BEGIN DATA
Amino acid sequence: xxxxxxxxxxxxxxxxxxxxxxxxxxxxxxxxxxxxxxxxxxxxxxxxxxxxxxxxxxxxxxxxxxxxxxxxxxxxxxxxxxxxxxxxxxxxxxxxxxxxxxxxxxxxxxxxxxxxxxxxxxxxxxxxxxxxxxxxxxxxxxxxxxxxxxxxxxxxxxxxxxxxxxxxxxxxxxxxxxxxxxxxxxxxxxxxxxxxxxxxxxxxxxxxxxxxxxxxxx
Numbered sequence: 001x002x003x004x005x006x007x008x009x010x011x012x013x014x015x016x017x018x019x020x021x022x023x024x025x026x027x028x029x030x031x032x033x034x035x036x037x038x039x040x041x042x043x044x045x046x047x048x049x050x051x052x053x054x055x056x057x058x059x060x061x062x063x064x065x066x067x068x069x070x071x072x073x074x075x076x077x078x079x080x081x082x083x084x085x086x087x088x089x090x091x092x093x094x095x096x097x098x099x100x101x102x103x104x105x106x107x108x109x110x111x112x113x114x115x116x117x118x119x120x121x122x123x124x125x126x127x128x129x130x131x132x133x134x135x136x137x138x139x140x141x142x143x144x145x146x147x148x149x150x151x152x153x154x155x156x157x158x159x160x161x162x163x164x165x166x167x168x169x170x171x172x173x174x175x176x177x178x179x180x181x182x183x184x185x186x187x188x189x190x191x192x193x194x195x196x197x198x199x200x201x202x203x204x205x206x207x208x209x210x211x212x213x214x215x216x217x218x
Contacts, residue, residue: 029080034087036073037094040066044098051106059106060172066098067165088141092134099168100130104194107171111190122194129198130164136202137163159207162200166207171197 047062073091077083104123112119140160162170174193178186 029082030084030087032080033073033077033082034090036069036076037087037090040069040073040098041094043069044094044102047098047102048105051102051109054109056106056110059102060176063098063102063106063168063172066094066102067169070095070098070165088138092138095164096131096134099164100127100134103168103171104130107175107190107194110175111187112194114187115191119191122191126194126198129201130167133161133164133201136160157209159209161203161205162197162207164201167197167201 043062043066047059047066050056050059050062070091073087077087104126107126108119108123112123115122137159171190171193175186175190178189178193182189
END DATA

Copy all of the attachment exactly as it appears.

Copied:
Amino acid sequence: xxxxxxxxxxxxxxxxxxxxxxxxxxxxxxxxxxxxxxxxxxxxxxxxxxxxxxxxxxxxxxxxxxxxxxxxxxxxxxxxxxxxxxxxxxxxxxxxxxxxxxxxxxxxxxxxxxxxxxxxxxxxxxxxxxxxxxxxxxxxxxxxxxxxxxxxxxxxxxxxxxxxxxxxxxxxxxxxxxxxxxxxxxxxxxxxxxxxxxxxxxxxxxxxxxxxxxxxxx
Numbered sequence: 001x002x003x004x005x006x007x008x009x010x011x012x013x014x015x016x017x018x019x020x021x022x023x024x025x026x027x028x029x030x031x032x033x034x035x036x037x038x039x040x041x042x043x044x045x046x047x048x049x050x051x052x053x054x055x056x057x058x059x060x061x062x063x064x065x066x067x068x069x070x071x072x073x074x075x076x077x078x079x080x081x082x083x084x085x086x087x088x089x090x091x092x093x094x095x096x097x098x099x100x101x102x103x104x105x106x107x108x109x110x111x112x113x114x115x116x117x118x119x120x121x122x123x124x125x126x127x128x129x130x131x132x133x134x135x136x137x138x139x140x141x142x143x144x145x146x147x148x149x150x151x152x153x154x155x156x157x158x159x160x161x162x163x164x165x166x167x168x169x170x171x172x173x174x175x176x177x178x179x180x181x182x183x184x185x186x187x188x189x190x191x192x193x194x195x196x197x198x199x200x201x202x203x204x205x206x207x208x209x210x211x212x213x214x215x216x217x218x
Contacts, residue, residue: 029080034087036073037094040066044098051106059106060172066098067165088141092134099168100130104194107171111190122194129198130164136202137163159207162200166207171197 047062073091077083104123112119140160162170174193178186 029082030084030087032080033073033077033082034090036069036076037087037090040069040073040098041094043069044094044102047098047102048105051102051109054109056106056110059102060176063098063102063106063168063172066094066102067169070095070098070165088138092138095164096131096134099164100127100134103168103171104130107175107190107194110175111187112194114187115191119191122191126194126198129201130167133161133164133201136160157209159209161203161205162197162207164201167197167201 043062043066047059047066050056050059050062070091073087077087104126107126108119108123112123115122137159171190171193175186175190178189178193182189